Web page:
7) Growing up as a young girl in Lancashire, England, which key role models inspired you to believe in yourself and chase your dreams?
My father left us when I was very little. I was raised by my mother and grandmother – two very strong women who taught me the value of being self-sufficient at an early age.
Both my mother and grandmother had to leave school at 14 but, because of that, they were determined that my sister and I would have a better start in life. We were encouraged to make the most of our education and, importantly, to believe in ourselves.
8) You obviously started your career focusing on the domain of law, what led you to orientating more towards entrepreneurship and business?
There is one fundamental value that has guided my life and career – the belief that everyone has the right to participate equally in their societies. It’s what attracted me to a career in law, and what guided my desire to start a Foundation focusing on women’s entrepreneurship.
Globally, we desperately need more women leaders and role models to inspire subsequent generations. When it comes to contexts where safe and decent work in the formal economy is difficult to come by – and always even more so for women – entrepreneurship offers an opportunity for women to take control of their own futures, create jobs and improve the lives of their families and communities.
9) We’ve noticed that the majority of your team at the Cherie Blair Foundation for Women (like in many other institutes focusing on gender issues) are women. What role do you think men should play in supporting female social entrepreneurs?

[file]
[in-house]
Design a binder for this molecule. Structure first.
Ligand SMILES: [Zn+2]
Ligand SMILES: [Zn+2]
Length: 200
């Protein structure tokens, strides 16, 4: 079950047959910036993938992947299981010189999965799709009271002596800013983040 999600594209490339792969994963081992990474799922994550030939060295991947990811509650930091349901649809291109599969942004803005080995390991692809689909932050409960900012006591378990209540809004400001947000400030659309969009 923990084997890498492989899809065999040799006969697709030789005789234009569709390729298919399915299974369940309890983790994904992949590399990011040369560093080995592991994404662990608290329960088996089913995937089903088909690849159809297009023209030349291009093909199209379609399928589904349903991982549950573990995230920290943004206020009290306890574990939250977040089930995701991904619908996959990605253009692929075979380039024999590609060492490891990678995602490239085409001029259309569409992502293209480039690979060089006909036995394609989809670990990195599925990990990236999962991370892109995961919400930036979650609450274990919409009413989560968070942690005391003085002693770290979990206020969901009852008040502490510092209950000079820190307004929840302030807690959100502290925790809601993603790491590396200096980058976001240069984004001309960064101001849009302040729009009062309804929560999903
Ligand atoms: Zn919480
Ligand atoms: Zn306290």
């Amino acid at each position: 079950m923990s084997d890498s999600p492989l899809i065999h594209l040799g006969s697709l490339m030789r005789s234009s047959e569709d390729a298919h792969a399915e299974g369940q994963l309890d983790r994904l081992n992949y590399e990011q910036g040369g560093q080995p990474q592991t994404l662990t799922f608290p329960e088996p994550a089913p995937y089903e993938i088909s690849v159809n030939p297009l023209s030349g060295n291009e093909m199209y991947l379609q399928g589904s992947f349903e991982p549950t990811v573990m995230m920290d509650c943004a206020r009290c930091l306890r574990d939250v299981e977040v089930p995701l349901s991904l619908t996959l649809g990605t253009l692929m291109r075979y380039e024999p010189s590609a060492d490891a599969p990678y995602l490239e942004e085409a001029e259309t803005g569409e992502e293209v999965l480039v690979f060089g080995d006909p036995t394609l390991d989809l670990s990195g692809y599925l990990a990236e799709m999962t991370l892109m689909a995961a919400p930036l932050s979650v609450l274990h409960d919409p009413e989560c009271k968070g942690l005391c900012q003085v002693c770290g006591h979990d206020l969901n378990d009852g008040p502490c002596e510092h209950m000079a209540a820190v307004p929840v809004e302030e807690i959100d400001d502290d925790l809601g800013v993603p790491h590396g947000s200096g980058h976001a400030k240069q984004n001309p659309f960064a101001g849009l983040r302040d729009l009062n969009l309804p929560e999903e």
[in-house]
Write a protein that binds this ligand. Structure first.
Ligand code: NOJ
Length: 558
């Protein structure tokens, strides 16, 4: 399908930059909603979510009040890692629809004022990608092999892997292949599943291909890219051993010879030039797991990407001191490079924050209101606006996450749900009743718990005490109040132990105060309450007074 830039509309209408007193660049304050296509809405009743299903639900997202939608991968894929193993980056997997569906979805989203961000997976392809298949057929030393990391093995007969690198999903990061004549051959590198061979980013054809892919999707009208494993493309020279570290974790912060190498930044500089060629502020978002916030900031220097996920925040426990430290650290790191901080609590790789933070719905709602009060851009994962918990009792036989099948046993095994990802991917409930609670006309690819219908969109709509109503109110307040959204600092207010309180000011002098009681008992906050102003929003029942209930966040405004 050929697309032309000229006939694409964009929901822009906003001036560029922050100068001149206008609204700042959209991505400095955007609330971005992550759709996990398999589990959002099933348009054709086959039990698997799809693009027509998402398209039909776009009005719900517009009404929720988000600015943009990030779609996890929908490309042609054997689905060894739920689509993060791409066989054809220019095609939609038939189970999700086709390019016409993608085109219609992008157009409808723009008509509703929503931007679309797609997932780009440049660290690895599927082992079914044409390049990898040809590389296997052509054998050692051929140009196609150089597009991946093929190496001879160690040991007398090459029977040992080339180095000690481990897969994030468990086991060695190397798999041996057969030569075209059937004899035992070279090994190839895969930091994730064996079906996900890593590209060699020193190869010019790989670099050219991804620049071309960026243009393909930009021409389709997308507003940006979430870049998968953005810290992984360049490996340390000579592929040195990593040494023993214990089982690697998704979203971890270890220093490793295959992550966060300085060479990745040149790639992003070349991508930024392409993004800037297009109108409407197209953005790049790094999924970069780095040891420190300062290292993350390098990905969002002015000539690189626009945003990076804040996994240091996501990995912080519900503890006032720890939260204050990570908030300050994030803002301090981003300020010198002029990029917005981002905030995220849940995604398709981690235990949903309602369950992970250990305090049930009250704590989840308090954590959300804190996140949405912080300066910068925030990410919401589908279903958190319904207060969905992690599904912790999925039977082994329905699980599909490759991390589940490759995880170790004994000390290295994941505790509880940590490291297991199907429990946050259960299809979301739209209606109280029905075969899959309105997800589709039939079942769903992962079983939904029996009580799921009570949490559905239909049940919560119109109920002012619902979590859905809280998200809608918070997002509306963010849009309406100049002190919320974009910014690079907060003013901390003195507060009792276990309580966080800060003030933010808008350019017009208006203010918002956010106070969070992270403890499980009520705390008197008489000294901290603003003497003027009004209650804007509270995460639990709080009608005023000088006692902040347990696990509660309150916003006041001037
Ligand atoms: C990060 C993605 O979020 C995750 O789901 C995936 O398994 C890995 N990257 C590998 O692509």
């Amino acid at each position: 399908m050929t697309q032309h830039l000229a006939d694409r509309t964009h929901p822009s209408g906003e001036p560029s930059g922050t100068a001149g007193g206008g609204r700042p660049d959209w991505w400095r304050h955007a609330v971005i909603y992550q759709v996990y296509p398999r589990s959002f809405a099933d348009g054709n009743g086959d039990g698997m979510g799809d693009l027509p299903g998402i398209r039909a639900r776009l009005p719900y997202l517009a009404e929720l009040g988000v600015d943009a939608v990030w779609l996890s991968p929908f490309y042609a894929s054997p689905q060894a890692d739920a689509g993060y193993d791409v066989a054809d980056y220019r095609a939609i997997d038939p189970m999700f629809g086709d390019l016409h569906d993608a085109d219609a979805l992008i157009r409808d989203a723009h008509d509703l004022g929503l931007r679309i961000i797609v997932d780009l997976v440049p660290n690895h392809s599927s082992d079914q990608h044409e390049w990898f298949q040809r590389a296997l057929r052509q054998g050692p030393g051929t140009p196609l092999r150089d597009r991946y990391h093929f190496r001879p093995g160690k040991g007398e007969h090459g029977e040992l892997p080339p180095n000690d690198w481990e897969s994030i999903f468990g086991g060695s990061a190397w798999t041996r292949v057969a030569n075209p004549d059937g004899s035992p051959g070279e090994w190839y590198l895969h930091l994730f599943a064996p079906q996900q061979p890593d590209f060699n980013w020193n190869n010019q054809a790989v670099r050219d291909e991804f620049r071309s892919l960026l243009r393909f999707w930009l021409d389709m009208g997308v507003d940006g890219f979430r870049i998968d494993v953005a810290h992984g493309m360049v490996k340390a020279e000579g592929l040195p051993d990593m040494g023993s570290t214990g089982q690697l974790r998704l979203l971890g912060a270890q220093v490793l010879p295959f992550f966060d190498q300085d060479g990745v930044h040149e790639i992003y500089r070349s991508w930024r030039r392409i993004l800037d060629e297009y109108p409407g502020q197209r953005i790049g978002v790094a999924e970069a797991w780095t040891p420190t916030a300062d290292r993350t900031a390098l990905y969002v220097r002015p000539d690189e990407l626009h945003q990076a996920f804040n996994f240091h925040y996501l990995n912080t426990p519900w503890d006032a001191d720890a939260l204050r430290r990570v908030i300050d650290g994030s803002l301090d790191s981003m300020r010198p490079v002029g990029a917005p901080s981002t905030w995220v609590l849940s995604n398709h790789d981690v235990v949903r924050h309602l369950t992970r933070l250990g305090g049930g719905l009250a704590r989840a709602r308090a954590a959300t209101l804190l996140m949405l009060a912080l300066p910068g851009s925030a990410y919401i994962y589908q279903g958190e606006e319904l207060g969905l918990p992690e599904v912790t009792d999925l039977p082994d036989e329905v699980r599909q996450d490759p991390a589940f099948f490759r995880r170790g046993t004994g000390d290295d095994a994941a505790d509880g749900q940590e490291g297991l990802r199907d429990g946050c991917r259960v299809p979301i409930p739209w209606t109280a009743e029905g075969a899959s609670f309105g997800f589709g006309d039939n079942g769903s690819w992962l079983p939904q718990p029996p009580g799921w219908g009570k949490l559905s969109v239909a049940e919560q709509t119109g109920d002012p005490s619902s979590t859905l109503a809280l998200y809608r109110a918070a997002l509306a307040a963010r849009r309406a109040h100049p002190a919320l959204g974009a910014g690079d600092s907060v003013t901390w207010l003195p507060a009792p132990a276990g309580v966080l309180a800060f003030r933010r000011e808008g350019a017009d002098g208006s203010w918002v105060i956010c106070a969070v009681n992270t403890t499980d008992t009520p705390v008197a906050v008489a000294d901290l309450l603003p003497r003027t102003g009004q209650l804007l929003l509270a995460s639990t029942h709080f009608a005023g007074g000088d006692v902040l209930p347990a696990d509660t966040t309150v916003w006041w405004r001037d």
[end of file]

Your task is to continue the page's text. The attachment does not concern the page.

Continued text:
Men are part of the problem, so they absolutely must be part of the solution. We cannot hope to tackle gender inequality without men being a part of driving that change.
The question is how we get men to the table on issues of gender equality, and how do we convince them to do more than just ‘talk the talk’. How do we convince them that giving up some of their privilege and power would ultimately be beneficial for everyone, themselves included?
A great example is the Mann Deshi Foundation, one of our partners in India. In their programmes they offer financial literacy classes to men, after a woman attendee noted that there was no use her acquiring financial knowledge if her husband was going to continue his usual spending habits. They also celebrate the support of husbands at large community events where men are awarded for being particularly supportive of their wives’ ambitions.
10) What advice would you give to women who still hesitate to launch their own business?
All too often, women are told that they can’t. So my message is simply this: you can. Practical and emotional support for women entrepreneurs along the way is crucial – but inner strength and determination will make the difference between an aspiration remaining a dream or becoming a reality. When women believe in themselves, amazing things can happen.
11) To wrap things up and end on a positive note, looking into the future what kind of role models do you think young people (notably girls) should aspire to?
For today and fast forwarding into the future, and I think the ideal role models for girls would embody some of the same fundamentals. These women are true trailblazers and are creating positive spaces for others to achieve brilliance too.
Photo: Cherie Blair visits Rwandan women supported by her Foundation’s Skilling for Change project.
Credit: William Hirtle